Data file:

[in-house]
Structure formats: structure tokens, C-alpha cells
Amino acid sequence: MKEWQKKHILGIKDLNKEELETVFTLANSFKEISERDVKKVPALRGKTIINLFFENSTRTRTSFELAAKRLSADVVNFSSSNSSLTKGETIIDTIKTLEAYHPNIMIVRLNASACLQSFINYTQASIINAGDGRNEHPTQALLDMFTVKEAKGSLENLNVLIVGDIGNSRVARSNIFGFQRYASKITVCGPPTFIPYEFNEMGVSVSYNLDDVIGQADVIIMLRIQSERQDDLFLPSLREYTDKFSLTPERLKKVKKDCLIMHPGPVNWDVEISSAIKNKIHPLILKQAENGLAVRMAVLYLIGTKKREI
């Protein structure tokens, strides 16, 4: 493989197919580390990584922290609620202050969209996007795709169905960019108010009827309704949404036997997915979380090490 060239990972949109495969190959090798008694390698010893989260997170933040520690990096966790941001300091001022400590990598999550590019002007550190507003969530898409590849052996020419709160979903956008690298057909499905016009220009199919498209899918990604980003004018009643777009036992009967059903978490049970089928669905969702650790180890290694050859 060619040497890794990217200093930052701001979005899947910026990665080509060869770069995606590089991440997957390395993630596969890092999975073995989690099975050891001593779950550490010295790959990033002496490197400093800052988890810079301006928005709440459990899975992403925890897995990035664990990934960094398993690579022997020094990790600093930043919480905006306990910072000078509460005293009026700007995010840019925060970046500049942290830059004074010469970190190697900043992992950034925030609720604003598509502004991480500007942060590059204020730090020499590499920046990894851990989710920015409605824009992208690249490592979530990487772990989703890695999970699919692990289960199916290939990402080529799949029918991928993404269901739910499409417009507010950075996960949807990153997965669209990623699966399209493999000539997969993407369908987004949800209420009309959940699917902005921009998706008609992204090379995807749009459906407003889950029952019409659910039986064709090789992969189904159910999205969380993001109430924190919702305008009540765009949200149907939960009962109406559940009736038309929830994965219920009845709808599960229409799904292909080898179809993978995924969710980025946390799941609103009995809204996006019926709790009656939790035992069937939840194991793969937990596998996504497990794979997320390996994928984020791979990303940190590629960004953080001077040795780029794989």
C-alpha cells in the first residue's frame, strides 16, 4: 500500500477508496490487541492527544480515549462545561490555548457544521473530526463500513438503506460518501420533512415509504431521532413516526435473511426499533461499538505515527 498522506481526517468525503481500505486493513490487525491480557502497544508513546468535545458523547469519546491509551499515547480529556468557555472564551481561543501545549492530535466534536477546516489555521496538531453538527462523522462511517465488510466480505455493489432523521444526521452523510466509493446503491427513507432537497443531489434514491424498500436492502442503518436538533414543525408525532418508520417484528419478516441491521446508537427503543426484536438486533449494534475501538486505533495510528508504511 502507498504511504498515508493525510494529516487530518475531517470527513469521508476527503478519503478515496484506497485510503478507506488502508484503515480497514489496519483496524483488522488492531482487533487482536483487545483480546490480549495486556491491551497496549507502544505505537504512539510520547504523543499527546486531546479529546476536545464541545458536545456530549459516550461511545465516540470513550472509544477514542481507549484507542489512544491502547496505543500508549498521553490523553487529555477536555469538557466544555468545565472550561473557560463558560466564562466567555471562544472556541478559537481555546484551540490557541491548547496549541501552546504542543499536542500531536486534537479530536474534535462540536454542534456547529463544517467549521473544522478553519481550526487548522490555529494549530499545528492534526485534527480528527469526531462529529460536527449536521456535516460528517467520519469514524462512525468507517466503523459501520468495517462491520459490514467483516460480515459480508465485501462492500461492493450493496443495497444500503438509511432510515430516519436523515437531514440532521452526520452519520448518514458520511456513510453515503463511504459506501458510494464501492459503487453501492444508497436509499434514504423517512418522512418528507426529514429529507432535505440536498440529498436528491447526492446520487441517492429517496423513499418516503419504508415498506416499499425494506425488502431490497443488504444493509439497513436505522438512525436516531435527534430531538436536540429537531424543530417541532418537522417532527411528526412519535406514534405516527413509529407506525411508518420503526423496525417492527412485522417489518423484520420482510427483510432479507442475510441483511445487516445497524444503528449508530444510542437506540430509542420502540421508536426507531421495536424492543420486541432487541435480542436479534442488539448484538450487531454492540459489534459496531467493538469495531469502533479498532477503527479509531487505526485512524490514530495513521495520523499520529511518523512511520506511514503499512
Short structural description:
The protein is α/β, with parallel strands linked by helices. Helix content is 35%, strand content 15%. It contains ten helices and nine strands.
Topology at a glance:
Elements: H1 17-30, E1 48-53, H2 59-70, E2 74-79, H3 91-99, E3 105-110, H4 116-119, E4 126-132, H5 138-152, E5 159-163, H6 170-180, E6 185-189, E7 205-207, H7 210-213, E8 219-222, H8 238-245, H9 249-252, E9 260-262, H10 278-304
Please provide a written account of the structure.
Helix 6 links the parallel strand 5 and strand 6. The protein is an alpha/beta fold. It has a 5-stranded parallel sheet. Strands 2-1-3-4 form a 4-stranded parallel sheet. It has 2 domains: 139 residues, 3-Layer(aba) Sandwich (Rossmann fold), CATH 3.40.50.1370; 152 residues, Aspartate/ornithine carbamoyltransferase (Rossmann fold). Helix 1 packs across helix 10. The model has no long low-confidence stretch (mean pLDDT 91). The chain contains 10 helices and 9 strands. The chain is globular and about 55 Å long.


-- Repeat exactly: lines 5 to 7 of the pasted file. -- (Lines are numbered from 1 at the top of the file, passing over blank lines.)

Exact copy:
C-alpha cells in the first residue's frame, strides 16, 4: 500500500477508496490487541492527544480515549462545561490555548457544521473530526463500513438503506460518501420533512415509504431521532413516526435473511426499533461499538505515527 498522506481526517468525503481500505486493513490487525491480557502497544508513546468535545458523547469519546491509551499515547480529556468557555472564551481561543501545549492530535466534536477546516489555521496538531453538527462523522462511517465488510466480505455493489432523521444526521452523510466509493446503491427513507432537497443531489434514491424498500436492502442503518436538533414543525408525532418508520417484528419478516441491521446508537427503543426484536438486533449494534475501538486505533495510528508504511 502507498504511504498515508493525510494529516487530518475531517470527513469521508476527503478519503478515496484506497485510503478507506488502508484503515480497514489496519483496524483488522488492531482487533487482536483487545483480546490480549495486556491491551497496549507502544505505537504512539510520547504523543499527546486531546479529546476536545464541545458536545456530549459516550461511545465516540470513550472509544477514542481507549484507542489512544491502547496505543500508549498521553490523553487529555477536555469538557466544555468545565472550561473557560463558560466564562466567555471562544472556541478559537481555546484551540490557541491548547496549541501552546504542543499536542500531536486534537479530536474534535462540536454542534456547529463544517467549521473544522478553519481550526487548522490555529494549530499545528492534526485534527480528527469526531462529529460536527449536521456535516460528517467520519469514524462512525468507517466503523459501520468495517462491520459490514467483516460480515459480508465485501462492500461492493450493496443495497444500503438509511432510515430516519436523515437531514440532521452526520452519520448518514458520511456513510453515503463511504459506501458510494464501492459503487453501492444508497436509499434514504423517512418522512418528507426529514429529507432535505440536498440529498436528491447526492446520487441517492429517496423513499418516503419504508415498506416499499425494506425488502431490497443488504444493509439497513436505522438512525436516531435527534430531538436536540429537531424543530417541532418537522417532527411528526412519535406514534405516527413509529407506525411508518420503526423496525417492527412485522417489518423484520420482510427483510432479507442475510441483511445487516445497524444503528449508530444510542437506540430509542420502540421508536426507531421495536424492543420486541432487541435480542436479534442488539448484538450487531454492540459489534459496531467493538469495531469502533479498532477503527479509531487505526485512524490514530495513521495520523499520529511518523512511520506511514503499512
Short structural description:
The protein is α/β, with parallel strands linked by helices. Helix content is 35%, strand content 15%. It contains ten helices and nine strands.